2017 Federal Hiring Freeze Lifted

Jennifer Duke
April 20, 2017
On April 12, 2017, the Federal Hiring Freeze was formally lifted. While the lifting of the hiring freeze is good news for many federal employees, the lifting of the hiring freeze still came with instructions to reduce the size of the federal workforce, and reduce the size of specific agencies in line with upcoming budget cuts. What does this mean for federal employees?

This means that while the general hiring freeze is no longer in place, you should still expect to see many federal agencies downsizing their work force. The EPA, and Departments of State, and Health and Human Services are among those facing the most significant budget cuts, and where many expect the biggest changes to be made. During a press conference to announce the lifting of the hiring freeze, federal agencies were still cautioned against hiring "willy-nilly," and the White House provided that with new guidelines in place, some agencies will now end up hiring more employees, while others will experience even greater cuts than they would have during the hiring freeze. While it is difficult to predict what may happen next, federal employees do still retain their rights. This means that, for a non-probationary employee, your agency cannot simply decide to fire you one day without going through the proper notice and response requirements. If your agency must go through a reduction-in-force (RIF), the agency must still follow the proper procedures for a RIF, and cannot choose who is impacted based on protected classes, such as race, age, or gender. Should you find yourself facing a RIF or removal, the employment attorneys at Melville Johnson, P.C. may be able to help you navigate your next steps. Use the form on this page to contact us.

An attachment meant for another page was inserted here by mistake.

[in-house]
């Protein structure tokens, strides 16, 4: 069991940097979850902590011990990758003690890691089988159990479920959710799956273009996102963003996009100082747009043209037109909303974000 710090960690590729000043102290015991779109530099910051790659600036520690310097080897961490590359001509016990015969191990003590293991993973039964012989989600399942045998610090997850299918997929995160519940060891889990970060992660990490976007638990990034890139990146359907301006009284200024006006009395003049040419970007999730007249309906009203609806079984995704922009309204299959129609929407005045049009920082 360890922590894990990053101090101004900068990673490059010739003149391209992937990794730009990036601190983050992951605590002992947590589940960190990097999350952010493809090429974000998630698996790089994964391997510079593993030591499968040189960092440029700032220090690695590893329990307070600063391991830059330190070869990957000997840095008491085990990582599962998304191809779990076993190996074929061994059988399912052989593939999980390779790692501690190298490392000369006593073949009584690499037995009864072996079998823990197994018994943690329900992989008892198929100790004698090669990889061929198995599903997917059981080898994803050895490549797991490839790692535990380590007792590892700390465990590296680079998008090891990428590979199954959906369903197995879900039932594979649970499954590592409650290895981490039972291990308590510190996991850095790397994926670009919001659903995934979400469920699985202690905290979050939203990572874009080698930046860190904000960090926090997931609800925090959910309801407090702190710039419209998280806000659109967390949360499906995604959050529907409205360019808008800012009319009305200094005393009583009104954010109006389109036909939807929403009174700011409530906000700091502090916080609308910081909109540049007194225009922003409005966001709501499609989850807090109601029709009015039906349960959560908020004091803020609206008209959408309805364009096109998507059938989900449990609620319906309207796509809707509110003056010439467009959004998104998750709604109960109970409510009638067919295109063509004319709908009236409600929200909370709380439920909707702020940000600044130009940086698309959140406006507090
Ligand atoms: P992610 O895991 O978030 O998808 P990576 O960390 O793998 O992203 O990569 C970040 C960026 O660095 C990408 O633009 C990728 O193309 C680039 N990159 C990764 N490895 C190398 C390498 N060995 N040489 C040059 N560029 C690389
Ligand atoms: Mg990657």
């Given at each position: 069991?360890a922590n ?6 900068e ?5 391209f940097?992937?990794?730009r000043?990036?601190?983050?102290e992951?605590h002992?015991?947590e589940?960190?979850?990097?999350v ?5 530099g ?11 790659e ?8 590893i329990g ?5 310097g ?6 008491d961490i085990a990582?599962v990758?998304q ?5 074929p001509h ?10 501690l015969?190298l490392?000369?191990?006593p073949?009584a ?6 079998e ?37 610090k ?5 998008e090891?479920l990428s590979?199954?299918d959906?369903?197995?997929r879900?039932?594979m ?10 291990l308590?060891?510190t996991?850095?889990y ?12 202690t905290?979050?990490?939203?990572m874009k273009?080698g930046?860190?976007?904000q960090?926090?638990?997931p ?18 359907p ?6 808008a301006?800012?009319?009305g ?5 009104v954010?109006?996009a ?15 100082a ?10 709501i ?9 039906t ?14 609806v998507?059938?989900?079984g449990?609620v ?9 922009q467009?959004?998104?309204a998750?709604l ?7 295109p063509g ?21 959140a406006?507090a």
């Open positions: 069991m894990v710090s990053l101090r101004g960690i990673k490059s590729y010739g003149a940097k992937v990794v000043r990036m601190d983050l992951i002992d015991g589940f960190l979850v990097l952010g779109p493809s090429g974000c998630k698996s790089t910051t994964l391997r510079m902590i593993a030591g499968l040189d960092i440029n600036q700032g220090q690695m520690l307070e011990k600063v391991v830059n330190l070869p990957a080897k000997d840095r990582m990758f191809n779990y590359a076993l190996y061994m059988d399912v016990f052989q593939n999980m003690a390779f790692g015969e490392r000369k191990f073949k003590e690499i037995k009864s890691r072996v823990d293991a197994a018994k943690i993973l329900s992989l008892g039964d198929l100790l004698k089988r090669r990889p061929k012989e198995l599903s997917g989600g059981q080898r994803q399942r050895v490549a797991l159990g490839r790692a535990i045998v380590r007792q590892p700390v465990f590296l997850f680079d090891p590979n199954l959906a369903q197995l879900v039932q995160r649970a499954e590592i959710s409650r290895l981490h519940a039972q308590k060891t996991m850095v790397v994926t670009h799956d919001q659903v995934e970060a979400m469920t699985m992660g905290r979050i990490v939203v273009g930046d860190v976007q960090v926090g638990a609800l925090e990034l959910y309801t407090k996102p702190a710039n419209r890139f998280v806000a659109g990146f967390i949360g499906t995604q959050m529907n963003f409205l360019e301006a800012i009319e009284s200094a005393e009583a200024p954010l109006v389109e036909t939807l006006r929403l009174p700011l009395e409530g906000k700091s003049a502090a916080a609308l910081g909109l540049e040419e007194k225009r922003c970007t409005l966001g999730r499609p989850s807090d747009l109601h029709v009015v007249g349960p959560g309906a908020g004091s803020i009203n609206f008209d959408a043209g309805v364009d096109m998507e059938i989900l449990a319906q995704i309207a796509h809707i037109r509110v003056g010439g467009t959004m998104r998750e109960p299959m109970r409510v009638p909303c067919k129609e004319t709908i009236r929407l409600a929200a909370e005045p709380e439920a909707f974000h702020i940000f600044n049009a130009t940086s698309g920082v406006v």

This blog and web site published by Melville Johnson, P.C. should not be used as a substitute for seeking competent legal advice from a licensed professional attorney. Readers of this information should not act upon any information contained on this blog or website without seeking professional counsel.
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